Skip Navigation


Security Levels

USS Camp (DE-251)


Born 27 August 1916 in Jennings, La., Jack Hill Camp enlisted in the Naval Reserve 20 January 1941 and was appointed a naval aviator 29 December 1941. Attached to Patrol Squadron 44, Ensign Camp was killed in action 7 June 1942 during the Battle of Midway.

DE-251 Edsall Class Destroyer Escort

Displacement: 1,253 tons standard; 1,102 tons full load

Length: 306’ oa

Beam: 36’7” 

Draft: 10' 5' full load

Machinery: 2-shaft Fairbanks Morse diesels, 6,000 bhp

Range:  10,800 nm at 12 knots

Top Speed: 21 knots

Complement: 186 

Armament: 3-3”/50; 2-40mm; 8-20mm; 3-21" torpedoes; 2 depth charge tracks; 8 depth charge projectors; 1 hedge hog

USS CAMP (DE-251) was launched 16 April 1943 by Brown Shipbuilding Co., Houston, Tex.; sponsored by Mrs. O. H. Camp; commissioned 16 September 1943, Lieutenant Commander P. B. Mavor, USCG, in command; and reported to the Atlantic Fleet. After duty as school ship for precommissioning crews for other escort vessels, CAMP cleared Norfolk, Va., 14 December 1943, escorting a convoy bound for Casablanca with men and supplies for the operations in Italy. CAMP returned to Norfolk 24 January 1944 to begin a year and a half of convoy escort operations from New York to ports of the United Kingdom, guarding convoys whose ships brought troops and mountains of equipment and supplies for the buildup and support of the assault on the European continent. 

Fighting the foul weather common in the North Atlantic, CAMP’s alertness against submarine attack and diligence were rewarded by no losses in any of the convoys she accompanied. A collision with a merchantman, in which one of CAMP's crew members was killed, required a repair period during which CAMP received a new bow and acquired 5" guns; otherwise her escort duty was uninterrupted until 19 June 1945. CAMP cleared Charleston, S.C., 9 July 1945 for the Pacific, and after serving as a training ship at Pearl Harbor, proceeded to Eniwetok for occupation duty. She supervised the evacuation of the Japanese garrison from Mili, then took on air-sea rescue duties off Kwajalein until 4 November, when she sailed for home, arriving at New York 10 December.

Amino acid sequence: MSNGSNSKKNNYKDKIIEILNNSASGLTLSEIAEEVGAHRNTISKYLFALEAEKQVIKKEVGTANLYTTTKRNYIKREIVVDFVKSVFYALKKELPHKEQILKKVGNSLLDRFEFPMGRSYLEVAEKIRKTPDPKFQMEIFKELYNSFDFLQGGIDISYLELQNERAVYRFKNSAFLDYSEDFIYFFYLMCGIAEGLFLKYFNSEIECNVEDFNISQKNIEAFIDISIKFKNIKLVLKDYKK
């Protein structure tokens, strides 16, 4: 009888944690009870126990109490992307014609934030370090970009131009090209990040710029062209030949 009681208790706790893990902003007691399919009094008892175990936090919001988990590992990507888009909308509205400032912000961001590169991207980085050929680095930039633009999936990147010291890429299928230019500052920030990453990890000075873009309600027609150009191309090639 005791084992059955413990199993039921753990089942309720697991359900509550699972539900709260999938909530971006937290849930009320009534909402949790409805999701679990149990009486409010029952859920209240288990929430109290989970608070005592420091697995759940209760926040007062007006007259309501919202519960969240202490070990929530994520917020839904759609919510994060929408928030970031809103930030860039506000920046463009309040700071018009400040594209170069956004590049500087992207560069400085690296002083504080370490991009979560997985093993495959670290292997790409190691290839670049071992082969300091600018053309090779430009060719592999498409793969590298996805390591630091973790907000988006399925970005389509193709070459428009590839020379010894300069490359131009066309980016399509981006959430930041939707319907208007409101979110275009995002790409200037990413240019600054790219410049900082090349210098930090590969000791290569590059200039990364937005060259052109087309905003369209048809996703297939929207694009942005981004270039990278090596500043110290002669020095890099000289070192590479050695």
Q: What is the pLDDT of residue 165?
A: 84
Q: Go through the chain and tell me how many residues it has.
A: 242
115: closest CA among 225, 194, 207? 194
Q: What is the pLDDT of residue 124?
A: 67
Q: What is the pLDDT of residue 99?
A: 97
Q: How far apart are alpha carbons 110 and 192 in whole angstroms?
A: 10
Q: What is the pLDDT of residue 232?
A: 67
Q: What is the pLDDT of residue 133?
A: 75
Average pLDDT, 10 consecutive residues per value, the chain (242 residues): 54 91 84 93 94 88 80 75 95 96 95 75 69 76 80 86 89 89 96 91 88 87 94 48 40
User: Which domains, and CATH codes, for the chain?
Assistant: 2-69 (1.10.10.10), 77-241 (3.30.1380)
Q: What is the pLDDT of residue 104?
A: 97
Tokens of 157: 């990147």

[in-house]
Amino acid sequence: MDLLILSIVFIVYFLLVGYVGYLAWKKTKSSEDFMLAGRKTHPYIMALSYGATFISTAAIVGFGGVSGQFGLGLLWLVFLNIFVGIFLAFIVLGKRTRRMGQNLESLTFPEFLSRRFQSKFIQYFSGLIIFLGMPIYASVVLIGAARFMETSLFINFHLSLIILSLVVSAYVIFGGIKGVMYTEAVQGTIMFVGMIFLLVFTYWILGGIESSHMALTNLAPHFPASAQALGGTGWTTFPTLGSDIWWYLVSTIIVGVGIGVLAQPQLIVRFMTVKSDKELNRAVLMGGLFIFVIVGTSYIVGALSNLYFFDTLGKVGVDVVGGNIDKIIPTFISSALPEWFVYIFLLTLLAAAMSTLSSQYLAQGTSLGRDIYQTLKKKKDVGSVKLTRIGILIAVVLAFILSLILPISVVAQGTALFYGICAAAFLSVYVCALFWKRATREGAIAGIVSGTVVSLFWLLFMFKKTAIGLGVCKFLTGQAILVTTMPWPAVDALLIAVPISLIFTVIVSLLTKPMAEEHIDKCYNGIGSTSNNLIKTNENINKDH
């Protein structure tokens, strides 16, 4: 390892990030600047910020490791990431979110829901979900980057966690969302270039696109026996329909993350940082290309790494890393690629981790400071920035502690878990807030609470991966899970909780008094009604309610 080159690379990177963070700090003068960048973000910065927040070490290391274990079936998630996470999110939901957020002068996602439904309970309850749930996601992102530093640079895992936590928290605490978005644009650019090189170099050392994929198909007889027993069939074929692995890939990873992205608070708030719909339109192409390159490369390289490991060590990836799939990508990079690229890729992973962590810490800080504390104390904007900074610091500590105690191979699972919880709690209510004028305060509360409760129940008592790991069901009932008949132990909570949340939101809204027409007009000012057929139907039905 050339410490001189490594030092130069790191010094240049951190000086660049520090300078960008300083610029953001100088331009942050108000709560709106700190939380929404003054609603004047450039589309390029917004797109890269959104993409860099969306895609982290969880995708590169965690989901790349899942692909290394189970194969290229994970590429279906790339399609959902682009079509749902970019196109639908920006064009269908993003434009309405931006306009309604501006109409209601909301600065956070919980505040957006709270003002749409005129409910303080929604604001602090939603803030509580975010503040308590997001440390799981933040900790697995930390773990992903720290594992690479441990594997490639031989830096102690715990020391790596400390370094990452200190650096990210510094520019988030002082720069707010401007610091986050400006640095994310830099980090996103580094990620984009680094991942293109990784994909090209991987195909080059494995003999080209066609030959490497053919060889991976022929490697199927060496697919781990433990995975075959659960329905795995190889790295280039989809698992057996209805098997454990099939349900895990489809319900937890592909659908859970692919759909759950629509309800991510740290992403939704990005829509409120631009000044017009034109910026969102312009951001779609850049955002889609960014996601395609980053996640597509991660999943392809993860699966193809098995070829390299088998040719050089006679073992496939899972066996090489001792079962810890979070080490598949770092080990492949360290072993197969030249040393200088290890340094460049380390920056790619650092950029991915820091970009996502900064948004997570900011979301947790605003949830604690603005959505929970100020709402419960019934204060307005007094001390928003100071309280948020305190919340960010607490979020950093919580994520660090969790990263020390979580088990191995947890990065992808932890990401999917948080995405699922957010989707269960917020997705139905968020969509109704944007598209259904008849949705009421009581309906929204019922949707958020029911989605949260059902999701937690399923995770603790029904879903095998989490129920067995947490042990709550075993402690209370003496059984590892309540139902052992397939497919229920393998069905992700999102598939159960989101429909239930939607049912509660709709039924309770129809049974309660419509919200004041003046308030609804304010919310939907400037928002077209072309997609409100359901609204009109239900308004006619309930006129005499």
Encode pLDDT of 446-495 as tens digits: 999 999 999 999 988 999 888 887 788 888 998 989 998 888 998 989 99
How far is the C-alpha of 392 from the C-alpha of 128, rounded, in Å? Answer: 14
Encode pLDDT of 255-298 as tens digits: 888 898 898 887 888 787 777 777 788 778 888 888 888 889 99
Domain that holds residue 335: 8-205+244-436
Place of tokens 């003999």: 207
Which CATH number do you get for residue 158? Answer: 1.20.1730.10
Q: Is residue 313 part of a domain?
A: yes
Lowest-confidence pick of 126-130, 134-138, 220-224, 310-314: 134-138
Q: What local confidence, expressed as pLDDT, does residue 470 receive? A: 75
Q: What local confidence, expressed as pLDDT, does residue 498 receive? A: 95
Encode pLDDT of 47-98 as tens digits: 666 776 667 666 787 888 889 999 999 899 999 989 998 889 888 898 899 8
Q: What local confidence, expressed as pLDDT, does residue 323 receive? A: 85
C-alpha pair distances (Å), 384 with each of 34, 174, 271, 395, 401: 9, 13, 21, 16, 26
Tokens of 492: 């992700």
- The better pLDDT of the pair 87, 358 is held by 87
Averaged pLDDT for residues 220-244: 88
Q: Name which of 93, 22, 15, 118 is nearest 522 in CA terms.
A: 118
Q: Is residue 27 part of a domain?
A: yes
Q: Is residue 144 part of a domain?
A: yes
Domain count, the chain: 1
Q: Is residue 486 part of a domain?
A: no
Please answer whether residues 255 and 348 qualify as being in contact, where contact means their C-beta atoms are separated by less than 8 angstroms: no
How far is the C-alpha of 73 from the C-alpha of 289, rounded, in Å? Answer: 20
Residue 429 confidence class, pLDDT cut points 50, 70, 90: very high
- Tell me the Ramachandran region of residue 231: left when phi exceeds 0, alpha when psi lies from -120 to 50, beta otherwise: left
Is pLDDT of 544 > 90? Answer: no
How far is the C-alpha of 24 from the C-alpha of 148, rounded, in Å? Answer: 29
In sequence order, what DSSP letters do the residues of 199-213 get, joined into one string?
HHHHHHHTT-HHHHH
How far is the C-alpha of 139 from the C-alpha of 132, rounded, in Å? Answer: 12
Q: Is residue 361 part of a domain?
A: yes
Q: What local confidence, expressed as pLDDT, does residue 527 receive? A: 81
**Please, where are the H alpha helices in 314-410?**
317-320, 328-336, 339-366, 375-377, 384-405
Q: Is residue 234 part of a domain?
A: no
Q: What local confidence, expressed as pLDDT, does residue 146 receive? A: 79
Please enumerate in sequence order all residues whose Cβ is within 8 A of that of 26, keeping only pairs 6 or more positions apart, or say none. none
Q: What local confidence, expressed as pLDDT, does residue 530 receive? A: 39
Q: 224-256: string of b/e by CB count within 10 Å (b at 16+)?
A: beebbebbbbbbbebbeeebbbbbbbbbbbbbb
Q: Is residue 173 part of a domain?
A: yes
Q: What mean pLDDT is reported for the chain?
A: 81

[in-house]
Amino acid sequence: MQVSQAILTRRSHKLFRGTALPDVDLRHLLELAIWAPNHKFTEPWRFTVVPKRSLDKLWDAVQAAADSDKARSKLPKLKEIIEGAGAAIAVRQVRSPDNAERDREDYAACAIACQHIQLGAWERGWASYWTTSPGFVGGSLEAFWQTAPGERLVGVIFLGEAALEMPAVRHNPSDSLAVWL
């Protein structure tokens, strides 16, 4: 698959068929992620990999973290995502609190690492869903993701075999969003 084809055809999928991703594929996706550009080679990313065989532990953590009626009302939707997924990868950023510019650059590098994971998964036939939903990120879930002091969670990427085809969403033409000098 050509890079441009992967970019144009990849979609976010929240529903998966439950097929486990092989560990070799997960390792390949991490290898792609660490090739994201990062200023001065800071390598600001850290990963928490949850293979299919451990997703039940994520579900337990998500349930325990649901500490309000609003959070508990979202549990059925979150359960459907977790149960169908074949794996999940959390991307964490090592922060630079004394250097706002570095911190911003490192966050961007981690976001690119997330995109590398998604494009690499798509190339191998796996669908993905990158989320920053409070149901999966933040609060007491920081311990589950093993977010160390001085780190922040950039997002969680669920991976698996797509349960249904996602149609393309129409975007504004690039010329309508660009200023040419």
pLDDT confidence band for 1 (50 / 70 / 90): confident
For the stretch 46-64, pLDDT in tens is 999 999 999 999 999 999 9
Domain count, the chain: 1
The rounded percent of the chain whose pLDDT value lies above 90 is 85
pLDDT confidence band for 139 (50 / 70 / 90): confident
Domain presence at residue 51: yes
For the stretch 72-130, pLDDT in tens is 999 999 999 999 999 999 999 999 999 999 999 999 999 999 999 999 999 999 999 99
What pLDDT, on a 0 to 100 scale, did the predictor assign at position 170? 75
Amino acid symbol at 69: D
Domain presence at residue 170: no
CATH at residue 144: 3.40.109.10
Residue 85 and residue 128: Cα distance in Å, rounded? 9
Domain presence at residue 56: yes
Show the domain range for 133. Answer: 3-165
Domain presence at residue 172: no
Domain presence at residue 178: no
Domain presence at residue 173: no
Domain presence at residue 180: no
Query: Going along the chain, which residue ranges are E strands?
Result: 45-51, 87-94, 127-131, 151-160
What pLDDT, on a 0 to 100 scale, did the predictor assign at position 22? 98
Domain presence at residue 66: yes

She was decommissioned 1 May 1946 and her Coast Guard crew was removed.  She was reclassified DER-251 on 7 December 1965, CAMP was recommissioned 31 July l956 for duty as radar picket ship in the early warning system. She reported to Newport, R.I., 19 February 1957 and operated from that port to Argentia, Newfoundland, and into the North Atlantic through 1960. [In 1965, her large radar antennae was removed and CAMP was sent to Indo-China for coastal patrol and interdiction by the US Navy (Operation Market Time). She was transferred to South Vietnam on 6 February 1971. Renamed frigate TRAN HUNG DAO (HQ-01), the ship was stricken from the US Navy Register on 30 December 1975. Following the surrender of the South Vietnamese government on 29 April 1975, TRAN HUNG DAO escaped to the Philippines which acquired the ship later that year. Formally transferred on 5 April 1976, former TRAN HUNG DAO was commissioned into the Philippine Navy as frigate RAJAH LAKANDULA (PS-4). Deleted in 1988, she was retained and acted as a stationary headquarters ship as recently as 1995.

From the Dictionary of American Naval Fighting Ships, (1969) Vol. 2, pp.21-22

Last Modified 1/12/2016